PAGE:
• The role and political weight of the security forces in Belarus has grown significantly over the past two years.

  • This was manifested both in the personnel policy, and in the decree on the transfer of power to the Security Council in the event of the death of the head of state, and in the practical embodiment of the slogan "sometimes against the law."

  • Public opinion feels this situation very well.

    According to Belarusians (and even loyalists), Lukashenka relies primarily on the security forces.

  • A very notable incident is the objections of Prosecutor General Andrei Shved during a meeting with Lukashenka about amnesty.

    The Swede showed himself to be a "royalist bigger than the king", but outlined a separate position.

  • Perhaps Shved's demarche was a spectacle, a game of good and evil investigator, but Lukashenka had no need for such games before.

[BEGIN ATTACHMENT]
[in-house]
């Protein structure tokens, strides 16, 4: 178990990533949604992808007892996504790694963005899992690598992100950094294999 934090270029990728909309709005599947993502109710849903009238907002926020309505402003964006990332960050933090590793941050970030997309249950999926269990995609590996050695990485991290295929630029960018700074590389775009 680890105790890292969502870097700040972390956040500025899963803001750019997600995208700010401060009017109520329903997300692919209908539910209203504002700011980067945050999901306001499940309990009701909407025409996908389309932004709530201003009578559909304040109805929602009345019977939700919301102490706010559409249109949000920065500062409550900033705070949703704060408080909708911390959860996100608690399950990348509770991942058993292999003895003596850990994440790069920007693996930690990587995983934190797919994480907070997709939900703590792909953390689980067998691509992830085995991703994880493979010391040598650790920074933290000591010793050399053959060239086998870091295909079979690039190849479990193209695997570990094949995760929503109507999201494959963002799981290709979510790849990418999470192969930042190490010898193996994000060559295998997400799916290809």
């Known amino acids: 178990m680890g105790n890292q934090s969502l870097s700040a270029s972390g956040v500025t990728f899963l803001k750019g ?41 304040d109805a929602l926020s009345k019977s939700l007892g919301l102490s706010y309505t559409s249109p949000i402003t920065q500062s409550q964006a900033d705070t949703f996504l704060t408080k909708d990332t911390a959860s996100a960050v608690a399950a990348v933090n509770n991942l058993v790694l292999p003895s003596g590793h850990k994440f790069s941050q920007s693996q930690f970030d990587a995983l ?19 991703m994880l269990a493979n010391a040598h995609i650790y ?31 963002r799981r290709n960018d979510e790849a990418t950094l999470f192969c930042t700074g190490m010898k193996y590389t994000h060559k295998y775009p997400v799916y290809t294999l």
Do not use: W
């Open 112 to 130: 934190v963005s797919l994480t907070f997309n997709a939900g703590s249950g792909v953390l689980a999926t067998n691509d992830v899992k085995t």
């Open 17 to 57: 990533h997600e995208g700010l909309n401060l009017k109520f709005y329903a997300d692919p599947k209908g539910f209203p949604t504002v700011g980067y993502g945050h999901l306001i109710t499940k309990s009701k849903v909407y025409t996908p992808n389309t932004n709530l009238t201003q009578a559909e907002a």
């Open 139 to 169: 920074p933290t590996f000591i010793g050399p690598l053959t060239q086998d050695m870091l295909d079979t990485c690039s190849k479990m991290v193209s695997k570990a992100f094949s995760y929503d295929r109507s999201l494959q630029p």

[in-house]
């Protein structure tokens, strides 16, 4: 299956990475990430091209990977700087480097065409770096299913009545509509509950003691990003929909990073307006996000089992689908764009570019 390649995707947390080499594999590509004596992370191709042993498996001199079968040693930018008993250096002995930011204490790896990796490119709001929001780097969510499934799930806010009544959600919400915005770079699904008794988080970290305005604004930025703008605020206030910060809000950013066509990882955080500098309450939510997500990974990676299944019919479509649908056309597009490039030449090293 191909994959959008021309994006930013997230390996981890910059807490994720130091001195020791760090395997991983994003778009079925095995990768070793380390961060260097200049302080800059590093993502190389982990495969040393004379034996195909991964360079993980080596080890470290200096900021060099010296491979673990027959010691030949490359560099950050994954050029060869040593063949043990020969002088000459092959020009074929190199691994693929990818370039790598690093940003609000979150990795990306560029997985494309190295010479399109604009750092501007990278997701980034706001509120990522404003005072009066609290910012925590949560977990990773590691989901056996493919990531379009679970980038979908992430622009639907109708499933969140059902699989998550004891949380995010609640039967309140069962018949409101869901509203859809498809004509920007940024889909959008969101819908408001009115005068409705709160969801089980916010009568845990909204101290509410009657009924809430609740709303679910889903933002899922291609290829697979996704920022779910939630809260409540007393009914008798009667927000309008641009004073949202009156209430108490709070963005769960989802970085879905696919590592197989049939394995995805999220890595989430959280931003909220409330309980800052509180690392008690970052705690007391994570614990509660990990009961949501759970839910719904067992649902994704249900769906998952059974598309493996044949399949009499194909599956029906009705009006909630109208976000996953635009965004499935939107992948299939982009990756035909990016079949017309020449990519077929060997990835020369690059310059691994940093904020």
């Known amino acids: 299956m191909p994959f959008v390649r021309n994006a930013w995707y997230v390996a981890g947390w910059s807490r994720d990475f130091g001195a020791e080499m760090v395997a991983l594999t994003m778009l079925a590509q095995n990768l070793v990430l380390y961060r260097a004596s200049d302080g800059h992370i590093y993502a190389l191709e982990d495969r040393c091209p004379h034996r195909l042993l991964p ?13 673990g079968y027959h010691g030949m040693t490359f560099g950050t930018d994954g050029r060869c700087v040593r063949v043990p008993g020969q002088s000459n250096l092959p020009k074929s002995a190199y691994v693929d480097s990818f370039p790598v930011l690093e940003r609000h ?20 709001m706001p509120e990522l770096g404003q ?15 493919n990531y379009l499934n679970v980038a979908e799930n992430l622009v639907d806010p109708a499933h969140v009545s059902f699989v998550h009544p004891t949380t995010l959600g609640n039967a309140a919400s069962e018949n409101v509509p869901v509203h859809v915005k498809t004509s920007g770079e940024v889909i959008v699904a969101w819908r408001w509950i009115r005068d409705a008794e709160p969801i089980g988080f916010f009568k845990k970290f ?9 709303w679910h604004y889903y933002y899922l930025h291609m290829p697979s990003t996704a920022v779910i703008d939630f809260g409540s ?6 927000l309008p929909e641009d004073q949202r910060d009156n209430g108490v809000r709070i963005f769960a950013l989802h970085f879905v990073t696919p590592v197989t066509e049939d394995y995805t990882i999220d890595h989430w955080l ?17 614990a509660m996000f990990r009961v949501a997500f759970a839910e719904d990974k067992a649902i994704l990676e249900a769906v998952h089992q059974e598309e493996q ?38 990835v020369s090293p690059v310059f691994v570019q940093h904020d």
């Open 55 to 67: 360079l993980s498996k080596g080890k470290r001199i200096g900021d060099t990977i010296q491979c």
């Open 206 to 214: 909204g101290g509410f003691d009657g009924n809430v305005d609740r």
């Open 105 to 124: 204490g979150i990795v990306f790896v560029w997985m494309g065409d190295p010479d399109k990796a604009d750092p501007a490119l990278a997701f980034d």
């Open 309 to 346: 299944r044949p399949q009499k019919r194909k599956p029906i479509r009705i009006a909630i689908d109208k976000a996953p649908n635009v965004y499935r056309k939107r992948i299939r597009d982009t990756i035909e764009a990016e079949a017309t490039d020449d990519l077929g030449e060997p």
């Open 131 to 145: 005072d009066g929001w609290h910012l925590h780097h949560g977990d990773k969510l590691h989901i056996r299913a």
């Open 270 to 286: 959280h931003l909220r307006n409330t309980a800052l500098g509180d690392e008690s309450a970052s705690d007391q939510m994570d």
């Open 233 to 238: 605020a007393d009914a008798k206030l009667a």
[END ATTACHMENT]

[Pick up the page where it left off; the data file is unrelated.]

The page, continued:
• However, this demarche can also be a demonstration that the security forces have felt their power and Lukashenka's dependence on them.

  • Historically, authoritarian rulers got rid of the perpetrators of their dirty deeds - both to prevent their political consolidation and to be able to start another policy with a clean slate.

So far

, Alexander Lukashenko

is not in a leadership position by decision of a narrow circle of high-ranking security forces, as happens in military juntas.

But the fact that after August 2020 the influence and even the political weight of people in epaulettes has increased significantly is beyond doubt.

On whom does Lukashenka rely?

Since then, appointments of security forces to high civilian positions have become more frequent.

The loudest examples are the appointments in October 2020 of the former heads of the Ministry of Internal Affairs and the KGB, Yury Karaev


Valero Vakulchyk